Cottage Gardens in the South
Winter is here, but it's a really busy time for farmers, flower farmers that is. How do we get those gorgeous sweet peas and anemone blooms in the spring? Well, it was a big learning curve, and here's how I figured it out. Long ago, I yearned to be able to grow delphinium in the South, and I never could. My husband was in the Air Force, and we moved to Colorado where I could grow it and lupine and hollyhock and all the amazing cottage garden flowers. I was in heaven! After many years, I now know how to grow a beautiful English garden in the South, and I'm in heaven again. I wish someone had written a book about how it's done, but I learned through trial and error, the very hard way.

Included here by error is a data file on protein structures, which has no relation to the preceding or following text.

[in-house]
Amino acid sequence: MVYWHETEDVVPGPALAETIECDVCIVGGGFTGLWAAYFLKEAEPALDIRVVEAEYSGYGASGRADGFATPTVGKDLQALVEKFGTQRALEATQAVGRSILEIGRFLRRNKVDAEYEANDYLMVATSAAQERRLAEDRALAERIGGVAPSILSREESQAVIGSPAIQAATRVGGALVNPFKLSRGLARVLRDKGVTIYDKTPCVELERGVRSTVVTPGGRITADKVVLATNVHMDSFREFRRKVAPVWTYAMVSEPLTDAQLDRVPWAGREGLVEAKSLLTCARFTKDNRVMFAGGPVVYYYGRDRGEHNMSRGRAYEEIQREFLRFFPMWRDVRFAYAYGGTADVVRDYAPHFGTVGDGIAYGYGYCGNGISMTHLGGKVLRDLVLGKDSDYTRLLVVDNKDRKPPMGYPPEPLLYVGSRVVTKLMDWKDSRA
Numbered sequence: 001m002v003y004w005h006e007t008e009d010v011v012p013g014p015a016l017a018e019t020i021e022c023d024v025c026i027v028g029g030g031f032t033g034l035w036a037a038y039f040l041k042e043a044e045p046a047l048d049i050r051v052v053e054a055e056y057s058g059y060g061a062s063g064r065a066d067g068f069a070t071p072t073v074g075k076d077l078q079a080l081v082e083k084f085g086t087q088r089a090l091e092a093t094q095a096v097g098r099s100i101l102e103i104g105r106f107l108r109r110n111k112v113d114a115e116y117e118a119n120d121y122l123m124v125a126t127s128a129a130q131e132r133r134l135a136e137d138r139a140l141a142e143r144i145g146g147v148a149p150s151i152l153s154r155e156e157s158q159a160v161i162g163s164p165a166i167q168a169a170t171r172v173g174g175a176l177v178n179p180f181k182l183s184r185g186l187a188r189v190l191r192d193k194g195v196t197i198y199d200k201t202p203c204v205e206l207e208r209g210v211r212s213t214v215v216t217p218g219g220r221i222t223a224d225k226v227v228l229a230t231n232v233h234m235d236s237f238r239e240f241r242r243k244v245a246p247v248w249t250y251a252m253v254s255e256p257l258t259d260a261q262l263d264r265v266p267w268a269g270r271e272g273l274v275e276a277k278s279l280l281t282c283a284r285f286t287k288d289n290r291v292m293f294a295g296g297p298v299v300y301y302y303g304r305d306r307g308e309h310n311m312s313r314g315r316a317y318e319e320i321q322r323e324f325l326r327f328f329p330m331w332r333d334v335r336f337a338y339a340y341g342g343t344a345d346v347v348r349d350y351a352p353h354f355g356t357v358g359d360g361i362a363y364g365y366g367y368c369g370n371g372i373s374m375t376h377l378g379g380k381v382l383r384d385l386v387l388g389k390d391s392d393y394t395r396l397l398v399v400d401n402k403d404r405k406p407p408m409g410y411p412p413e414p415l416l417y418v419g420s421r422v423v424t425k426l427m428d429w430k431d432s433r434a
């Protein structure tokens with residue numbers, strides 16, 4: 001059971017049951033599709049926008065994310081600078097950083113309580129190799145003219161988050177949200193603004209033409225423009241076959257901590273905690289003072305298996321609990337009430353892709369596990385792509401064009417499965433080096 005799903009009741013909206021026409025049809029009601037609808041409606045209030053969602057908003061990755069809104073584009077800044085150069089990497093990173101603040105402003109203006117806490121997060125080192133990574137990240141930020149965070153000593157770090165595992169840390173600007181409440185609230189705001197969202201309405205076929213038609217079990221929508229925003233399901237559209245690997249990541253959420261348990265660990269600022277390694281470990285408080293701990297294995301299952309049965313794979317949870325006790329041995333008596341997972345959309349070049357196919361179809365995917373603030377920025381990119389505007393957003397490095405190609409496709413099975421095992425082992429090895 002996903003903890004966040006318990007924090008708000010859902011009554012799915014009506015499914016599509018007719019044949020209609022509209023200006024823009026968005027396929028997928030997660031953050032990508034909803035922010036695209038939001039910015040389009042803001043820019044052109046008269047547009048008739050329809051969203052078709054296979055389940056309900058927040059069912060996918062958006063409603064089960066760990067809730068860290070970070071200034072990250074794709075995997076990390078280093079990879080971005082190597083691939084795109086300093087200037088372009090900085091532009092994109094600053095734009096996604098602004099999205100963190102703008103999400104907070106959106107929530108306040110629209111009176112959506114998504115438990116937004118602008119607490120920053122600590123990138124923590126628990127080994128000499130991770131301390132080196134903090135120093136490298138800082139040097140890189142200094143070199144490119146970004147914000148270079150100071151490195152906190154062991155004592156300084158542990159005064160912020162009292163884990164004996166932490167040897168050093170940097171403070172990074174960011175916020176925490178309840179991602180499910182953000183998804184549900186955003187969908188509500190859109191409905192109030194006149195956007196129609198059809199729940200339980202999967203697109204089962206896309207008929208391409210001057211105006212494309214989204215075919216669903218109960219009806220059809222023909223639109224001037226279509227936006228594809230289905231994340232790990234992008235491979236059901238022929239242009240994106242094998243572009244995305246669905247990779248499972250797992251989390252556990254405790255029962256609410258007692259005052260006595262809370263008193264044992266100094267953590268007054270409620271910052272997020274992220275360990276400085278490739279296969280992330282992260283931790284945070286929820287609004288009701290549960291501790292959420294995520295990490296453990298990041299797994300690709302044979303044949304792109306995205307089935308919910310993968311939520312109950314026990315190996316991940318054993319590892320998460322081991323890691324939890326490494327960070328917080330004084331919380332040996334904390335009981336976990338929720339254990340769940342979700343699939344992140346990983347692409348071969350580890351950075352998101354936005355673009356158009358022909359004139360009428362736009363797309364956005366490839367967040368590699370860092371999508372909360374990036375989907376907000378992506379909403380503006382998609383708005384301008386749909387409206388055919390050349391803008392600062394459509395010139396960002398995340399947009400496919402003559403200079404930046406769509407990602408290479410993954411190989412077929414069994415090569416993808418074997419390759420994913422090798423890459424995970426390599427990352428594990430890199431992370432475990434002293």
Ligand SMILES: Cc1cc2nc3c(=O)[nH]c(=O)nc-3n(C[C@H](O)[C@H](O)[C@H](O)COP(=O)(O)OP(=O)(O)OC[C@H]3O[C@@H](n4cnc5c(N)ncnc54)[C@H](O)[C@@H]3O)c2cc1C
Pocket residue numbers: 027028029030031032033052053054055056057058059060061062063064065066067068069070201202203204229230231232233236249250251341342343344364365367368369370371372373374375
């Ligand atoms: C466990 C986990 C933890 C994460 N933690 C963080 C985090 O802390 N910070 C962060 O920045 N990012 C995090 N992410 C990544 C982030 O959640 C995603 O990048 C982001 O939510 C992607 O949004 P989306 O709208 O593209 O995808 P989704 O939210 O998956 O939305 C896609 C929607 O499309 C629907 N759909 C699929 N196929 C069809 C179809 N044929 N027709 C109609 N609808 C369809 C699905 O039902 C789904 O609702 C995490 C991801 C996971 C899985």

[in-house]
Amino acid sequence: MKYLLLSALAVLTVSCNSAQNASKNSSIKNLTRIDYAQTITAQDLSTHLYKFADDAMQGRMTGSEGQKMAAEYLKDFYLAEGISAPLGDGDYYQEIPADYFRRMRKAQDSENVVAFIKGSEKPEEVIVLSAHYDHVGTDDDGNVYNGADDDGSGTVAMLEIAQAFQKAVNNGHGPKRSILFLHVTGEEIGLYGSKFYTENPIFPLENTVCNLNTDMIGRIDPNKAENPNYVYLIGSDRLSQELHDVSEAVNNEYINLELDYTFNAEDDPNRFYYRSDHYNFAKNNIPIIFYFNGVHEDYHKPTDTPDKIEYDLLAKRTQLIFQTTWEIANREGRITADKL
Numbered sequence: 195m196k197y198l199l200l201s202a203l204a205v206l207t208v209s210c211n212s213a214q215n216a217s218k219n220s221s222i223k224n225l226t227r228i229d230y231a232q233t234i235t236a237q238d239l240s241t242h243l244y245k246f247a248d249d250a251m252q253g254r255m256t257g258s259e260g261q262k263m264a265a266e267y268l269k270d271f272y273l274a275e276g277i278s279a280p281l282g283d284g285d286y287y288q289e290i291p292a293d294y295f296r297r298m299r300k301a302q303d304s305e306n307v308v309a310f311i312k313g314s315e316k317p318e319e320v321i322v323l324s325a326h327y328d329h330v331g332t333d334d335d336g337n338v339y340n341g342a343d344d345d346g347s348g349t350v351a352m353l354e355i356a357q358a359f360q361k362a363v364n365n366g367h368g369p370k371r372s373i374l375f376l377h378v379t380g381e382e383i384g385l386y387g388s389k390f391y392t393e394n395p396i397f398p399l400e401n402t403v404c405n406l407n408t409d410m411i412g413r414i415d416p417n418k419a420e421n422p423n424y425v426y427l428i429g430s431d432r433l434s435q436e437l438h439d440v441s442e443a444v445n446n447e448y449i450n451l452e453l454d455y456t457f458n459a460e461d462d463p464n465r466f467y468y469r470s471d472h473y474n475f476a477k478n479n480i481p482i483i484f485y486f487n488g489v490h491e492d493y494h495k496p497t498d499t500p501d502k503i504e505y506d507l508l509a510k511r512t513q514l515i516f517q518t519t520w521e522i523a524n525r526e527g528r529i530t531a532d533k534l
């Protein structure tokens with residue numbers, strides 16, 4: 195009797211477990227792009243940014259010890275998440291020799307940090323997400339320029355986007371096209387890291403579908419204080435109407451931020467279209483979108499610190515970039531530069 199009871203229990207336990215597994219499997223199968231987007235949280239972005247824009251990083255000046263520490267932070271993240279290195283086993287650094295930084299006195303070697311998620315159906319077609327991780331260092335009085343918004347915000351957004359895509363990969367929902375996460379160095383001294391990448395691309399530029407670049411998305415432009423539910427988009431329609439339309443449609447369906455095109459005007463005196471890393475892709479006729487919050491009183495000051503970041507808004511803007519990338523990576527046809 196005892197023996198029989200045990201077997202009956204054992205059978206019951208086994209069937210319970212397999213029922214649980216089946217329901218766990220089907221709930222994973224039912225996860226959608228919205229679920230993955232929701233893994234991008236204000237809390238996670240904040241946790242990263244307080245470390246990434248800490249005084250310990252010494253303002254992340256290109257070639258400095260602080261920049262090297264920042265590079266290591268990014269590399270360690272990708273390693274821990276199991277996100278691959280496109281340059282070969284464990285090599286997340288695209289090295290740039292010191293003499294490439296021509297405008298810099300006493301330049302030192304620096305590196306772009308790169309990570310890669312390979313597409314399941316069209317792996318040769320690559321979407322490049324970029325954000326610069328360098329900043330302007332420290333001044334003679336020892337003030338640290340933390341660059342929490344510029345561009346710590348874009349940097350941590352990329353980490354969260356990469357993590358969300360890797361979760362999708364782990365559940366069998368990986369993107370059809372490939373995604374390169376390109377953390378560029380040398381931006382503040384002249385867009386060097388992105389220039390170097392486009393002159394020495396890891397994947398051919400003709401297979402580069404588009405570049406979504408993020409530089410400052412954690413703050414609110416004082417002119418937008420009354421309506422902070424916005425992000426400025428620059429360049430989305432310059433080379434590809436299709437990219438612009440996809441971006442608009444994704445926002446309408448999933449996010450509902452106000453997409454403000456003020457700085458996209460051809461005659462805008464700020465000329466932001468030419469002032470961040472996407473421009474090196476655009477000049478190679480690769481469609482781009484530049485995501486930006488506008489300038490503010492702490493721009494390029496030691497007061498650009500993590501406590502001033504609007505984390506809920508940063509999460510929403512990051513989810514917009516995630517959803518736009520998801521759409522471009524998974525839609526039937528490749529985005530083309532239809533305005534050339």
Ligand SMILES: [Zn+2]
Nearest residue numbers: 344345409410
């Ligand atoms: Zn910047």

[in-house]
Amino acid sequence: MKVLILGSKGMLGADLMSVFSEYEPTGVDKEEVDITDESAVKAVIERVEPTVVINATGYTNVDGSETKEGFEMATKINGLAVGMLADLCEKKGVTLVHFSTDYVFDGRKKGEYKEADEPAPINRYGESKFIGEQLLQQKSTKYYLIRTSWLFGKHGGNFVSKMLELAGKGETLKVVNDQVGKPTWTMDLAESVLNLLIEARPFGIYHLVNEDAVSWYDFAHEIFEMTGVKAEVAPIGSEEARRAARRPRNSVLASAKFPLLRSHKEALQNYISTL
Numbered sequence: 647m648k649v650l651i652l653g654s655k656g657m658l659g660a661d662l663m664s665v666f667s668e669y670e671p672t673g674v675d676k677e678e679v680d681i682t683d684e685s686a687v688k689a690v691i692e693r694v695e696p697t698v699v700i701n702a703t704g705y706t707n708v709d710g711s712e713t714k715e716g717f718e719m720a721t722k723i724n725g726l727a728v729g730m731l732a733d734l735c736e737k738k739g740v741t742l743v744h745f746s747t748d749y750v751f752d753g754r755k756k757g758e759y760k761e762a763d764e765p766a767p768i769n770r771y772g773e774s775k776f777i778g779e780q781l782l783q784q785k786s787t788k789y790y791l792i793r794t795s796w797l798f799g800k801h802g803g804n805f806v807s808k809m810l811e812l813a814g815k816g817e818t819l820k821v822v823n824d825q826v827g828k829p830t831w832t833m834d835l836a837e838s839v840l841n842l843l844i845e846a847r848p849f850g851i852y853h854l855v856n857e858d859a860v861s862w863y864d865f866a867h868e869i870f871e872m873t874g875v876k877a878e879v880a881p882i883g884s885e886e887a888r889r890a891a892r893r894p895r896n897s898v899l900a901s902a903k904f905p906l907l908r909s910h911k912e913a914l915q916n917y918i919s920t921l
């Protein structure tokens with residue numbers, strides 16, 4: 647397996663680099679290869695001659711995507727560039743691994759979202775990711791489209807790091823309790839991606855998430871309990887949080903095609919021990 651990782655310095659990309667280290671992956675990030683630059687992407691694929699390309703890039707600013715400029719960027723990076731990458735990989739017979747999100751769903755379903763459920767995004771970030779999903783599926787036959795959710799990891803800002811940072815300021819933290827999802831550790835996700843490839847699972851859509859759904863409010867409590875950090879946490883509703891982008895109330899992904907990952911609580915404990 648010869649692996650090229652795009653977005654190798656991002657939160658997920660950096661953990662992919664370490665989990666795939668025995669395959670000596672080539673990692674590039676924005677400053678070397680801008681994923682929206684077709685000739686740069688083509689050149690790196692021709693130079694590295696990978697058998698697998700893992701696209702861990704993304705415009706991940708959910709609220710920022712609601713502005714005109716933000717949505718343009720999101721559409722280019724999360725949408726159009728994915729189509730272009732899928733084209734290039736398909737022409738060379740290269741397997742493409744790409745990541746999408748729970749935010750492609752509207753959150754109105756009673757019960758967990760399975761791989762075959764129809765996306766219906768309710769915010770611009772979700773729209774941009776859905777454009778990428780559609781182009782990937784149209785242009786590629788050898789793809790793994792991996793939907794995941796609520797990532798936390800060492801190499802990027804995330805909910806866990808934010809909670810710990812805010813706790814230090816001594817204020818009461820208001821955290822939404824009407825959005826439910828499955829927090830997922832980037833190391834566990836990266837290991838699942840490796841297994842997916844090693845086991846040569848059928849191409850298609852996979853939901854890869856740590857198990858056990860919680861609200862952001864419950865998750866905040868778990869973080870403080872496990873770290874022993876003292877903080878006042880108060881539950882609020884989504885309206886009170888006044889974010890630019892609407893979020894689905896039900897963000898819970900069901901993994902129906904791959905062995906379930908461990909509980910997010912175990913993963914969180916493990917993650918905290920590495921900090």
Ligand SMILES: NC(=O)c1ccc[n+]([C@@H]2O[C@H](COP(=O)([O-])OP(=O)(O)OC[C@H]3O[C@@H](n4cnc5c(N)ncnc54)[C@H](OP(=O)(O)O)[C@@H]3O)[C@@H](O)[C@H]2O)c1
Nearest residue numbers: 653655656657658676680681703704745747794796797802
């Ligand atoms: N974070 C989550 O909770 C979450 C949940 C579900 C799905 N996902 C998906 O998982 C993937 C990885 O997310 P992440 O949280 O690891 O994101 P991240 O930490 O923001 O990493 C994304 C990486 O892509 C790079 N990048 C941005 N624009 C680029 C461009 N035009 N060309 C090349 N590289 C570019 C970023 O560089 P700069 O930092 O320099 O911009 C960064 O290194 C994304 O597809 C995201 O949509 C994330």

Early on in my errant ways, I always started my seeds early in January and planted out. Everything started blooming right before the heat arrived, and I only had about one or two weeks of bloom before everything died. Now, I plant plugs in the fall, around October, and they get established early on before the winter cold. Voila! It works. Most of our winter days are mild, and if we have a frost, I cover everything. We have a hoop house, so that's easier for me, but we don't have room for all our flowers, so we use frost cloth to keep them warm during the coldest times. You can do that too! We're growing delphinium, campanula, foxglove, poppies and sweet peas, all cool weather lovers. They're doing great, and I can't wait for our customers to see them in the spring bouquets.
From winter, spring comes, and with it some gorgeous spring blooms.
The crabapple tree is budding. The poppies are on their way. Delphinium and foxglove and small but getting new leaves. We're hoping for the best.